In the fall of 1992, he became first a fan of Ken Vandermark's quartet and then a friend of its leader, who was also still honking his brains out in the rock band Flying Luttenbachers. When the Luttenbachers decided to expand from a trio to a quintet, they asked Bishop to play bass, which he did until late 1994. Even in his first proper jazz band in Chicago, theVandermark-helmed Unheard Music Quartet, he played electric bass. Although he had retrieved his trombone from his parents' attic in 1992, he didn't play it out regularly until late 1995, when he cofounded the Vandermark 5.

By that time Bishop had secured his current job, a nine-to-five gig translating German and French patent applications for a downtown law firm. "It was music that I'd always been interested in," he says. "But I wasn't sure that I could approach it as a player. I didn't know if I had the skills, and it was a little bit mystifying. The fact that I met people who I could just play with casually was the impetus for me to keep doing it." Nonetheless, Bishop has emerged as both a desired sideman and a respected leader, playing venues like the Empty Bottle, the old Lunar Cabaret, and the new Nervous Center with both his usual cohorts and out-of-town stars, most recently European percussionist Paul Lytton.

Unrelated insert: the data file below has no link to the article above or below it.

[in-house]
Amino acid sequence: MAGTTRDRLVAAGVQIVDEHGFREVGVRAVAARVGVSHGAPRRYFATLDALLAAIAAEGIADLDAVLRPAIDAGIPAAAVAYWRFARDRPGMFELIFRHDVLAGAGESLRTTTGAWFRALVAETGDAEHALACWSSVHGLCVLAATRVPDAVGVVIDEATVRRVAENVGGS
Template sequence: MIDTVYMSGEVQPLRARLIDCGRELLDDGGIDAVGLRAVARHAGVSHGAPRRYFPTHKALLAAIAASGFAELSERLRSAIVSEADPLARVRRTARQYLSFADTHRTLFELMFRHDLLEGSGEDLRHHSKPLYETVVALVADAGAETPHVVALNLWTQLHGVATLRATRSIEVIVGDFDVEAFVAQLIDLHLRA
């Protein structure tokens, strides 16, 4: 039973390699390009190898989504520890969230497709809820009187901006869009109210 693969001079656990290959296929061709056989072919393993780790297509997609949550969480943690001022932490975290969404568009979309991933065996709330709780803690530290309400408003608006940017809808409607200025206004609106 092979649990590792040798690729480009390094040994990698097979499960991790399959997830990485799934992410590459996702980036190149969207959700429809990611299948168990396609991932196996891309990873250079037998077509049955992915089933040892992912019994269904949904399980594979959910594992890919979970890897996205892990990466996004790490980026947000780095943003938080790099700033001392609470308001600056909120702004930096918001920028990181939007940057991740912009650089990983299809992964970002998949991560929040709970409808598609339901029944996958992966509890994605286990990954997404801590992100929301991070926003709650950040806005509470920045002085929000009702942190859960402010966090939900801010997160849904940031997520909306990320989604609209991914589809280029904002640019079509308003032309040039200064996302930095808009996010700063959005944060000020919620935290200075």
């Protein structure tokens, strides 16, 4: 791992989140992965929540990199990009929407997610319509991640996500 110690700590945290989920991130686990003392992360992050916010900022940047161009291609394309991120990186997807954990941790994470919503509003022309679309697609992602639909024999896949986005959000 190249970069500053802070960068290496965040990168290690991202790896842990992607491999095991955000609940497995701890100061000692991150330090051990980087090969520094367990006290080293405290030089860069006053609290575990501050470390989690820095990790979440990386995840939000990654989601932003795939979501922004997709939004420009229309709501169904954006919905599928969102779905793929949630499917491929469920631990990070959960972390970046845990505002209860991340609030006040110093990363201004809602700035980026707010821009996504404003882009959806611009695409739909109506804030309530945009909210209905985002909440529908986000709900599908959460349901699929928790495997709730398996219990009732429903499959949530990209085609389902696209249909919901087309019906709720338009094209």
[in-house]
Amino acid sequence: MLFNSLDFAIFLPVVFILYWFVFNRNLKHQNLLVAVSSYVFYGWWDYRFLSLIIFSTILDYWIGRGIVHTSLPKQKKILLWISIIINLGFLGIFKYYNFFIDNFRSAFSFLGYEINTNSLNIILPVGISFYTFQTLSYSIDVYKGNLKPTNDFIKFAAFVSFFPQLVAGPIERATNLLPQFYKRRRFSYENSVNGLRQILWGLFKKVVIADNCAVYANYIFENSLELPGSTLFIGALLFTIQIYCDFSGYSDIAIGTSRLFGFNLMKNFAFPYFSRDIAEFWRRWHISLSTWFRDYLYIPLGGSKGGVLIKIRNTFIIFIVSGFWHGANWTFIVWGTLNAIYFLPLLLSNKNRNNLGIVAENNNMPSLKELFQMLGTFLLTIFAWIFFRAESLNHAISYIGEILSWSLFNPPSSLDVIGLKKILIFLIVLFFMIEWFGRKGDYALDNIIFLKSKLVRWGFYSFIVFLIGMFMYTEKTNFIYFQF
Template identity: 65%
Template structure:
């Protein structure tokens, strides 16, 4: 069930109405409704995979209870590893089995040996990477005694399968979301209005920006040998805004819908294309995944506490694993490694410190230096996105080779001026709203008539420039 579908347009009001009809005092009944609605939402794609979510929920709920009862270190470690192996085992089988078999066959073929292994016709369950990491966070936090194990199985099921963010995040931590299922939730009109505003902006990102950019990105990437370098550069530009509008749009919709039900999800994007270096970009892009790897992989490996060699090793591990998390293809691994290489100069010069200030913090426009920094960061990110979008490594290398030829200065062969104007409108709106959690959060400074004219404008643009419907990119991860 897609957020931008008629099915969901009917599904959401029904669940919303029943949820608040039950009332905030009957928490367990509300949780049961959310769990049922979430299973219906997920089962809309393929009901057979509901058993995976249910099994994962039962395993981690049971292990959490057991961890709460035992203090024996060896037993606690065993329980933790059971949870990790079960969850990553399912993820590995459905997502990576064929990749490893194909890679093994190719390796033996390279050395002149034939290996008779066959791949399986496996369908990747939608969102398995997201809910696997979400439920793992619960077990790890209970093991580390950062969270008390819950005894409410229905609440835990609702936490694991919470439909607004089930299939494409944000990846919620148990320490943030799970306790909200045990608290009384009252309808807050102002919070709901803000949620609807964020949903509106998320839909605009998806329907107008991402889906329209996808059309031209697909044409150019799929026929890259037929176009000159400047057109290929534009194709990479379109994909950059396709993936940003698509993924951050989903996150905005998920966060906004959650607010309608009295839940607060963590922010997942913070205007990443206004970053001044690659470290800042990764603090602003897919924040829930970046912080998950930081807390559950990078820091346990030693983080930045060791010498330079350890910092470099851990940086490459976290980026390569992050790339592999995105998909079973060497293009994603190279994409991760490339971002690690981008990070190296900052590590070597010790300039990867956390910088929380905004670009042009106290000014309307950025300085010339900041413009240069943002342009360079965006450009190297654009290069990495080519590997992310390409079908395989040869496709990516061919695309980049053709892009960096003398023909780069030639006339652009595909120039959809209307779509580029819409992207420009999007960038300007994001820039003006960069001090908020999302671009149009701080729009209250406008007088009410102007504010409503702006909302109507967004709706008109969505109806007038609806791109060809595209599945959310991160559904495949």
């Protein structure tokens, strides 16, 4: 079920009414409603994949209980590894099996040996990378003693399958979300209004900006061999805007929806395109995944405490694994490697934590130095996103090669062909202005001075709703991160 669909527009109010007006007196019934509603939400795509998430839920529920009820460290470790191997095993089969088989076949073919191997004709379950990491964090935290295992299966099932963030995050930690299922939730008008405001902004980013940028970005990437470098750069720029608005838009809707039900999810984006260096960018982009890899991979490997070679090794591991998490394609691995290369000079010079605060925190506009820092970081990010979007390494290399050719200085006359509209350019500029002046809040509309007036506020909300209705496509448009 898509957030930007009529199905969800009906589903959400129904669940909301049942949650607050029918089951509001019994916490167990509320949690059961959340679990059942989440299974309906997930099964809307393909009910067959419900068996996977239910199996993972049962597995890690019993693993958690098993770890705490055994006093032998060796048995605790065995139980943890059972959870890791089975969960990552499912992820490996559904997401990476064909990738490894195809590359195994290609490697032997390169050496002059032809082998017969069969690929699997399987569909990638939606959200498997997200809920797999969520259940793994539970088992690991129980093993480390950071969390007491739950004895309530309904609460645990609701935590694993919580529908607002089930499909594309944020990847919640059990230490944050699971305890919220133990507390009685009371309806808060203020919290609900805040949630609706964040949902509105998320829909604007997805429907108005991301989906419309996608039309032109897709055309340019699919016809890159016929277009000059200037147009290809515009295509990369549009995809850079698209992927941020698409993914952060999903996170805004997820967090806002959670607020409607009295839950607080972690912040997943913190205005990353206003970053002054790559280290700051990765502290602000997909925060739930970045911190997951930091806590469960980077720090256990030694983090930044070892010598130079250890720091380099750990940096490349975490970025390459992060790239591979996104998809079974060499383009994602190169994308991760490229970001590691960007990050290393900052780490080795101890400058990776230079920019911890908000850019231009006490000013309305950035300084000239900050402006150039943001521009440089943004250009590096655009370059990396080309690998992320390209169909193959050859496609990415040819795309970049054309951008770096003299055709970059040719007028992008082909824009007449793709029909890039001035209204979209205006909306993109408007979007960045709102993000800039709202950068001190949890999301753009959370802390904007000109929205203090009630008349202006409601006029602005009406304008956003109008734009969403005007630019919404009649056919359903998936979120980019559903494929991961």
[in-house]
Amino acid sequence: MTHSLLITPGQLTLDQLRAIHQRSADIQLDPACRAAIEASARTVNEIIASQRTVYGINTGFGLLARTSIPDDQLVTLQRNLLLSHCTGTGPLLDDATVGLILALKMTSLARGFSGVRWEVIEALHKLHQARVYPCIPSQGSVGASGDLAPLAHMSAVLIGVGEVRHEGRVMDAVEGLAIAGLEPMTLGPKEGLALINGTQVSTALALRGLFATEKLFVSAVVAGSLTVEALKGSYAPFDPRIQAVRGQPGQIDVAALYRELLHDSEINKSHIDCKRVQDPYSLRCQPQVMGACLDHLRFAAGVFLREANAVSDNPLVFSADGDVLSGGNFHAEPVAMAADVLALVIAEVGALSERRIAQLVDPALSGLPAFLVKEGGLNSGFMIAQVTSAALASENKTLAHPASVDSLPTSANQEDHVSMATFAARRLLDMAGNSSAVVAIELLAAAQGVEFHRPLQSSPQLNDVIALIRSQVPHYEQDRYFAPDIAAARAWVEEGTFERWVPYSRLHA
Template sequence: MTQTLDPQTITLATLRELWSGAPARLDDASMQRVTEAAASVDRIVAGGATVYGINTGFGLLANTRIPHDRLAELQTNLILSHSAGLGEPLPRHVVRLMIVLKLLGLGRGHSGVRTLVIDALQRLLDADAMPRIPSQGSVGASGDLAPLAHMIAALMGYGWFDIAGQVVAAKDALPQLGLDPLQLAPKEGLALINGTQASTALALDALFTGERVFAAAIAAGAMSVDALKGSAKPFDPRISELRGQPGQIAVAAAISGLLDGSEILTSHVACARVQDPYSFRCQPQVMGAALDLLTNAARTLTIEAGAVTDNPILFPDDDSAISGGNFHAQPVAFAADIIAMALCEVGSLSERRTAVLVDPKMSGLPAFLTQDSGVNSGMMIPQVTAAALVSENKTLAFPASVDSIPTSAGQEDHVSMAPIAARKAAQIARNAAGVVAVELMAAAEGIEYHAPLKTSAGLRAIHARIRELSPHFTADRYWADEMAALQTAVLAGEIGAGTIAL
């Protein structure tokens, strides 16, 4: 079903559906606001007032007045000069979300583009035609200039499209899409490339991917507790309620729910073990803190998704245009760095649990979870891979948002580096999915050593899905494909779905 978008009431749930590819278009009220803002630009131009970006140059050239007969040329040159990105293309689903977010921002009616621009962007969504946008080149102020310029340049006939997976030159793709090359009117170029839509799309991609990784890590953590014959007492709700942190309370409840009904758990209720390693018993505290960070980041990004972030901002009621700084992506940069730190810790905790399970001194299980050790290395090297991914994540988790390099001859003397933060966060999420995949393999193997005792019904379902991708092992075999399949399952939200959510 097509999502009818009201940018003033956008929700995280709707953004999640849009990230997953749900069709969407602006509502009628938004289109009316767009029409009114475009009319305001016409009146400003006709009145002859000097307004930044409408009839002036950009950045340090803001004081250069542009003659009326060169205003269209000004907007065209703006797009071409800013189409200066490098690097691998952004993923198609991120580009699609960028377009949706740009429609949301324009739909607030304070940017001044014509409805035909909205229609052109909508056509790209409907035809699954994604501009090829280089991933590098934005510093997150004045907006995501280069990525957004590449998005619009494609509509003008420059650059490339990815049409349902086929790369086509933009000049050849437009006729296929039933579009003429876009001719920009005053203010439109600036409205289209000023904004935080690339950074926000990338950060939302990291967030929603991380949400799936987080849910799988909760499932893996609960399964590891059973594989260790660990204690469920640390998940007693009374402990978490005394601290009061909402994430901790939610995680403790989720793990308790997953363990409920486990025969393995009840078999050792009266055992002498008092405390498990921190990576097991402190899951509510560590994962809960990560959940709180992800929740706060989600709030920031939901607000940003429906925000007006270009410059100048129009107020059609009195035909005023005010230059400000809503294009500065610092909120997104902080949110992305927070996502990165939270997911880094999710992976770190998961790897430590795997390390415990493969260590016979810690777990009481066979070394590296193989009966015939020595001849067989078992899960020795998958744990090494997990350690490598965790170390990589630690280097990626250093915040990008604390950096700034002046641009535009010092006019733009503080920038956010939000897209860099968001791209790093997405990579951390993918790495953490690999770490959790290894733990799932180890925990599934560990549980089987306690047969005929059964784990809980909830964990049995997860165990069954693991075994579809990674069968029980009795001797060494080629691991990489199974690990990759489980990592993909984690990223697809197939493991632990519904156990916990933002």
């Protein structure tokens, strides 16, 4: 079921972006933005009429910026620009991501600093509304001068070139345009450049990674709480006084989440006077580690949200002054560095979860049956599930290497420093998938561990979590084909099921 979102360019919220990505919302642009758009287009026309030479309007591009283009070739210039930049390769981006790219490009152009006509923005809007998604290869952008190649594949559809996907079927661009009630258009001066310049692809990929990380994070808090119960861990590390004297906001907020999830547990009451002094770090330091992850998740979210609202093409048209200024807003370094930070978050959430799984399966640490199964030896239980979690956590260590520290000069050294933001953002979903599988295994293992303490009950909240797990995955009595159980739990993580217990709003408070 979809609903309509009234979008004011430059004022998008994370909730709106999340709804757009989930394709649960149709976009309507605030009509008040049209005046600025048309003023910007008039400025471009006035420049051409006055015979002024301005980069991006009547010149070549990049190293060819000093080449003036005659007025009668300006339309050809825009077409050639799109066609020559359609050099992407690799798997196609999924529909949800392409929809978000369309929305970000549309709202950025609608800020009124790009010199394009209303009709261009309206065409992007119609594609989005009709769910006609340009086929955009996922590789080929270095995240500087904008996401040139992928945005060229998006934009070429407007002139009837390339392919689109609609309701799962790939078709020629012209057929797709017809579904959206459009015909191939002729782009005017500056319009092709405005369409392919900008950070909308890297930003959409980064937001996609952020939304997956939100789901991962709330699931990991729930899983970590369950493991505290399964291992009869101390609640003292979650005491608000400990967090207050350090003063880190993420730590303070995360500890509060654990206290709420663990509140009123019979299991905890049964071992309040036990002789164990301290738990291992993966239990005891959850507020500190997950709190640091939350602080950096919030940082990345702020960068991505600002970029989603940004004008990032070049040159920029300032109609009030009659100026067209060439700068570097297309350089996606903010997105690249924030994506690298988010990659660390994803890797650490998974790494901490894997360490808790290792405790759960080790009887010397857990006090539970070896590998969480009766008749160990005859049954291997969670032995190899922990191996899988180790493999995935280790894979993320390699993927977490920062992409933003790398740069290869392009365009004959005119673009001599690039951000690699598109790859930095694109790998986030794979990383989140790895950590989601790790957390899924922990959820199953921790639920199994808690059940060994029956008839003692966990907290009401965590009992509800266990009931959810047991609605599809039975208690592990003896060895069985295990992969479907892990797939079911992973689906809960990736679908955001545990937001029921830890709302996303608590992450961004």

"The last six years have been an intensive education for me, learning to understand the music more deeply while learning how to play it at the same time," he says. "A lot of weeks I'll be playing, rehearsing, or going to see some gig I'm interested in most nights. I don't get enough sleep."

Bishop's explorations have turned out to be quite fruitful: On the compositions on his forthcoming Okka Disc trio album, with the elastic support of bassist Kent Kessler and drummer Tim Mulvenna, he's able to reconcile a remarkable lyricism with a wide range of abstract effects, from throaty smears to choppy blurts. By contrast his 98 Duets (released on Wobbly Rail, a fledgling label run by McCaughan) features a beautifully fragile and spacious array of duo improvisations with Vandermark, Fred Lonberg-Holm, Mats Gustafsson, Josh Abrams, Hamid Drake,and Wadada Leo Smith. And just out on the Swiss label Miguel is Building a Better Future, the debut album by In Zenith, a rock-tinged trio featuring Bishop, Lonberg-Holm, and percussionist Michael Zerang.

Both In Zenith and Bishop's trio will perform Wednesday at the Empty Bottle on a bill celebrating the third anniversary of the club's jazz series. Gustafsson (playing Steve Lacy), Vandermark and Hamid Drake (playing Funkadelic), and the Fred Anderson Trio also perform.

©Chicago Reader